And on that note, I think I'll go revisit that story... now! TTFN
“Reformed Villains Anonymous”
The group gathered in the Metropolis high school gym for their meetings every Sunday at noon. Not all of them believed in the Sabbath, but out of respect for their nemeses, they decided that, if they were to take a day off from trying to destroy a planet or two, it might as well be on a holy day.
The mediator called out, “Alright, everyone, gather round. It seems we have a familiar face in our midst again, after a brief stint as a superhero. And in case you’ve spent the past twenty years living under a rock, or in outer space (I haven’t forgotten you, Arkillo), you may even remember his days as President of the United States. Ladies and gentlemen, please welcome Lex back to our group.”
The bald former hero of Metropolis stood up, his head hanging low. “Thank you, everyone. But I don’t know that I’m the villain I once was. It felt good being a hero.”
Arkillo nodded. “Don’t feel bad, Lex. I also enjoyed being the Sinestro Corps’ protector of this sector. It wasn’t until our leader once again accepted the Parallax entity that I was called out from my heroic duties to once again be a villain.”
The mediator replied, “Yes, but your Corps’ former leader was blasted to bits by the leader of the Green Lantern Corps. You chose not to become a hero again. If you truly enjoyed it, why stop just because a dead boss willed it, a boss whose successor turned the Corps into heroes?”
Arkillo shrugged. “Revenge, I guess.”
“But revenge against whom, Arkillo? The Green Lanterns, or the deceased leader who called you back to villainy?”
Arkillo leaped from his chair. “I am a villain,” he shouted. “Sinestro didn’t make me that way!”
“Forget, Arkillo,” Bizarro suggested, “last names allowed.”
The mediator smirked. “Thank you, Bizarro. You do understand that he means the opposite, right, Lex?”
Lex groaned, “I’ve been here before, you buffoon. I know how this works.”
Bizarro growled, “Be mean to Plastic Man, Lex! Plastic Man Bizarro’s worst enemy!”
The mediator cleared his throat and said, “Bizarro, you should know that hero or villain names are not allowed… unless, you know, your hero or villain name is your first name, like the majority of you here. Call me Eel.”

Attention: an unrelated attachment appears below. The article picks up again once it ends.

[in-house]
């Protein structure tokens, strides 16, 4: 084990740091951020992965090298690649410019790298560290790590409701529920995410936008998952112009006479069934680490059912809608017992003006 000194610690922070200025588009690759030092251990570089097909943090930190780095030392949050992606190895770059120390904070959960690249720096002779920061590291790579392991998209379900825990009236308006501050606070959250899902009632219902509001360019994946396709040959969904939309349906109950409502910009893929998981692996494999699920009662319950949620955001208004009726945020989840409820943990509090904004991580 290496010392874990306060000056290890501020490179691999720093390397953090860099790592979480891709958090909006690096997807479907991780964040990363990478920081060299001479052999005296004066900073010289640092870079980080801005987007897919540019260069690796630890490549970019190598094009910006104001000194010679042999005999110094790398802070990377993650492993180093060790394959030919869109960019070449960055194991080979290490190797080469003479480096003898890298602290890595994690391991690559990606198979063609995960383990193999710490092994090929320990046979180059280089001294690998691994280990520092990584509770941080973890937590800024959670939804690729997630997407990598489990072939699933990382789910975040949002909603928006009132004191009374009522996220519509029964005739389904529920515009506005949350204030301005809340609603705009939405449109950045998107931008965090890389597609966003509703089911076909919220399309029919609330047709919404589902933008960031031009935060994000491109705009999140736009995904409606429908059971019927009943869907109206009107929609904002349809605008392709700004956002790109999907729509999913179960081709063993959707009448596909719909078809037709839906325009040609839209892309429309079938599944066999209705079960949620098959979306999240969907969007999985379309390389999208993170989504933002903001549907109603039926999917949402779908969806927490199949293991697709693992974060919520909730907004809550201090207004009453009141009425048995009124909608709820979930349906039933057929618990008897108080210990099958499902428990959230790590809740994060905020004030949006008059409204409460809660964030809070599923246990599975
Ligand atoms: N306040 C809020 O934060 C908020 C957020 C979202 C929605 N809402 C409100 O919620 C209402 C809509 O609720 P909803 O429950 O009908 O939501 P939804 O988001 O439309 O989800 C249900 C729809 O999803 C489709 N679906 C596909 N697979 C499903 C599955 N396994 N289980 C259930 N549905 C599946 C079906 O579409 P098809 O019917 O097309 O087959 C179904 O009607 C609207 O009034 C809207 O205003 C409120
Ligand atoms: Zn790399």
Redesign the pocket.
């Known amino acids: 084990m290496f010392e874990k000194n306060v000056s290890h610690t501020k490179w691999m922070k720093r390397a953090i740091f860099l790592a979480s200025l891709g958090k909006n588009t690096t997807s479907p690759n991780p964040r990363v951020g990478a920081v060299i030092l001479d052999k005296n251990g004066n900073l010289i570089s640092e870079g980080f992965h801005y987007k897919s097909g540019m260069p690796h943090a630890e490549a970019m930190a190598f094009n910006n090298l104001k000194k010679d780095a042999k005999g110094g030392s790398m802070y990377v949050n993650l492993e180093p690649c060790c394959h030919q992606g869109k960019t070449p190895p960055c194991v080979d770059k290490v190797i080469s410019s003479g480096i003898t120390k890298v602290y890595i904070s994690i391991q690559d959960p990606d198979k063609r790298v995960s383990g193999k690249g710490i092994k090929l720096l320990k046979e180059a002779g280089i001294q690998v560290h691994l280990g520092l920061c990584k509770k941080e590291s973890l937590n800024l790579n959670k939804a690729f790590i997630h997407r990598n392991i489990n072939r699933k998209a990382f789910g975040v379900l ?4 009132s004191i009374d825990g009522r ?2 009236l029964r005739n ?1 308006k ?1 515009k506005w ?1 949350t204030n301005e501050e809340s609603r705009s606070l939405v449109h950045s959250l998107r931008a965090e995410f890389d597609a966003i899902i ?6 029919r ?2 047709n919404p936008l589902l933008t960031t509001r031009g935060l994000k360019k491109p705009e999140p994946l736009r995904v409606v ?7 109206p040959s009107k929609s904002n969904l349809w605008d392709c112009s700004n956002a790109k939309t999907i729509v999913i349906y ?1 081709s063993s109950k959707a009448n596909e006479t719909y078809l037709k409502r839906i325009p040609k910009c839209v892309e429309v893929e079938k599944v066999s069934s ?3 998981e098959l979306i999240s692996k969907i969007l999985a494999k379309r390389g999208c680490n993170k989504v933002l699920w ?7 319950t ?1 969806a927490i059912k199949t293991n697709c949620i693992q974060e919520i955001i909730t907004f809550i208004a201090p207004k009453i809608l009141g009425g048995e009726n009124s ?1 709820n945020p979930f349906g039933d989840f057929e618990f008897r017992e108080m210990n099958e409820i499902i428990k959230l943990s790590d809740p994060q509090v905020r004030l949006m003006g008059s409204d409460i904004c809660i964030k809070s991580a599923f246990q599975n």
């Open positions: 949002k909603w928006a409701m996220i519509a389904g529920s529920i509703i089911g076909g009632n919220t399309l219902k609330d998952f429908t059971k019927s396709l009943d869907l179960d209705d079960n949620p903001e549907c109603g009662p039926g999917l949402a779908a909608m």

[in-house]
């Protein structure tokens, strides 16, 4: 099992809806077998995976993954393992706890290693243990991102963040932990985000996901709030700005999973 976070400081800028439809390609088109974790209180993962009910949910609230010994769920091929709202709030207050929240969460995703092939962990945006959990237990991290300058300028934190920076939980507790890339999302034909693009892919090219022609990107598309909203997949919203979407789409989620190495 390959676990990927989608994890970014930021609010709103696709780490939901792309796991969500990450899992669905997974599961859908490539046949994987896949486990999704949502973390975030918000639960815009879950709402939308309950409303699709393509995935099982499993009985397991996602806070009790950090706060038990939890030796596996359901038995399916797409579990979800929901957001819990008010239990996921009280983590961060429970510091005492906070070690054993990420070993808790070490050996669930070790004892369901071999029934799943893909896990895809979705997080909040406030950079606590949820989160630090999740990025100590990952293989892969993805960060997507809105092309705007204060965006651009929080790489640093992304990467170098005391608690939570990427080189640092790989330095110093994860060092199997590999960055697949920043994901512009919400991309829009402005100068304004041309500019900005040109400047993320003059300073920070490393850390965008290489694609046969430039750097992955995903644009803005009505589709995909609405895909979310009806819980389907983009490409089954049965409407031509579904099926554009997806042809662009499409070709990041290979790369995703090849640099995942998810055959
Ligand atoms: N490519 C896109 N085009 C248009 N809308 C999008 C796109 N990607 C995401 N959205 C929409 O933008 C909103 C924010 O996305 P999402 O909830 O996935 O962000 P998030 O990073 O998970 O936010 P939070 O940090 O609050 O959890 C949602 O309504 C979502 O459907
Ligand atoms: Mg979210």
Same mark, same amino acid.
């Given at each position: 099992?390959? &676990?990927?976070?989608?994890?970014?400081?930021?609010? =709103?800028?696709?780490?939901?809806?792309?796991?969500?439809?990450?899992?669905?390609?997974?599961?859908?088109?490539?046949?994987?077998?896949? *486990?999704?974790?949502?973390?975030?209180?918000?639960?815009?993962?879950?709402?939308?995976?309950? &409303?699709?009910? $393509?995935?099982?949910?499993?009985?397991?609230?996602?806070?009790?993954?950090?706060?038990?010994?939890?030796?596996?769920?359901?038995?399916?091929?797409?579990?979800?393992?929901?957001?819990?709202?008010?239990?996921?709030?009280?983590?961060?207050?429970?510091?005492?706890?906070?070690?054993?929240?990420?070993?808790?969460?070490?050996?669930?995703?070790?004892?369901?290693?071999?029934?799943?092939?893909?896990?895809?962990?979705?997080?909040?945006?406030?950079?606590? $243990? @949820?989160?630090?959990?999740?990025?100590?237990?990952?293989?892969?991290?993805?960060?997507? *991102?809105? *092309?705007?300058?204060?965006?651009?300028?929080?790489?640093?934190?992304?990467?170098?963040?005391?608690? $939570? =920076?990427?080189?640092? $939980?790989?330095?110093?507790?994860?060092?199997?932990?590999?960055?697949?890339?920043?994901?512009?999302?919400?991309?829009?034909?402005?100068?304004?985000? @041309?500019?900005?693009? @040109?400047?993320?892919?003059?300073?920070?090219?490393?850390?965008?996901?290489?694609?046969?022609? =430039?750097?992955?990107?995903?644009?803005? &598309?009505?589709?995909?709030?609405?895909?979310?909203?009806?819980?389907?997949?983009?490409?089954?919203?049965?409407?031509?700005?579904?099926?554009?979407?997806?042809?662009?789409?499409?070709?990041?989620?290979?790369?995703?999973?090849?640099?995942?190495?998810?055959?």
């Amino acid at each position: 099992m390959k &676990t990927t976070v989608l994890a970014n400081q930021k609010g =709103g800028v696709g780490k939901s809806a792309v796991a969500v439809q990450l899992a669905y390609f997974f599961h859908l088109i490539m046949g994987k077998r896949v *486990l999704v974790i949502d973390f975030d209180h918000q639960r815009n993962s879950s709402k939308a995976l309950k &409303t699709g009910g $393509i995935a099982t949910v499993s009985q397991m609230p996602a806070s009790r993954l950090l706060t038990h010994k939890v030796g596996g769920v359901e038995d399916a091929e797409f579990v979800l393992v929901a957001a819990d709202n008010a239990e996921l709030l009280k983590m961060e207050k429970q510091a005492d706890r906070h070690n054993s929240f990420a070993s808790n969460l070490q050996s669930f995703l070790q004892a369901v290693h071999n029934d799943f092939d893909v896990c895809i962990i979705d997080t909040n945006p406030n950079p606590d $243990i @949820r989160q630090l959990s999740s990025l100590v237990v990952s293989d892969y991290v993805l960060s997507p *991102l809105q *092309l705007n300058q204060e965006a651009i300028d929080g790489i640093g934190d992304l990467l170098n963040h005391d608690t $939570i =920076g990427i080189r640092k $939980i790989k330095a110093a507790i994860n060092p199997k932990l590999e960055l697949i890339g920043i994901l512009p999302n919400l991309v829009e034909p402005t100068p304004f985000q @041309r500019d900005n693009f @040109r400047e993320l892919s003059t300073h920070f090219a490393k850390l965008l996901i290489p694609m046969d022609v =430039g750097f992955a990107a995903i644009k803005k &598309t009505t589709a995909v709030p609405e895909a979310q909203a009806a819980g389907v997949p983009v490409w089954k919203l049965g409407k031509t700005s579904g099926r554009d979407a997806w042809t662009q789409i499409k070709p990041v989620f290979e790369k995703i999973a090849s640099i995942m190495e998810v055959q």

Lex snorted. “I don’t even know how you’re the leader of this group, ‘Eel.’ You’re not a villain. You were an incompetent thief who was set up, gained super powers by accident, and got revenge against your former partners before becoming an incompetent member of the JLA.”
Eel frowned. “But… I helped all of Superman’s enemies escape from their underwater prison. Surely that accounts for something.”
“That wasn’t in continuity and you know it!”
An Alternate Ending, by Roy Hudson
New York City had already been reeling in the wake of the stock market crash which had sunk the nation into a great depression… but now, there was another crash that had left a major impact on the city.
It was supposed to be The Eighth Wonder of the World. There are many emotions that follow the word “wonder,” but “terror” should not be the foremost. And yet, the greedy filmmaker who had chosen to seek a life of fame of fortune by bringing a foreign curiosity into an environment where it simply did not belong had made a killing… both figuratively and literally.
That filmmaker faced a barrage of legal charges, not to mention the end of his career, but he was not the only person the city found at fault. The theatre owner, the stage hands, the financiers, and even the panicked masses who had abandoned their humanity in a last-ditch effort to escape with their lives were all held accountable in a court of law. Not all of those pressing charges were bereaved, however… and not all those being charged were at fault.
The judge listened to as much of the case as he could stand before shaking his head and waving his hands to signal the plaintiff to stop talking. “Let me make sure I follow your case, sir: The husband of the grieving lady against whom you’re filing charges was running from the path of the giant gorilla as it fell from atop a skyscraper, and grabbed your wheelchair to push you to safety with him. He didn’t make it, and was crushed to death, but with the last of his remaining strength, he used his own momentum to wheel you from the path of impact, where your chair stopped, only to topple when the beast shook the ground, causing you to bump your head. You think the widow of this hero is at fault. What is wrong with you? I sincerely hope, for the sake of future generations of Americans, that men like you do not breed and carry this insensitive greed into the next century, Mr.… Am I pronouncing this correctly, Mr. Drumpf?”
“Ja, Your Honor,” the aging German immigrant replied, before adding, “though my son is considering changing his last name to something more ‘American.’”
Blog of author Roy Hudson..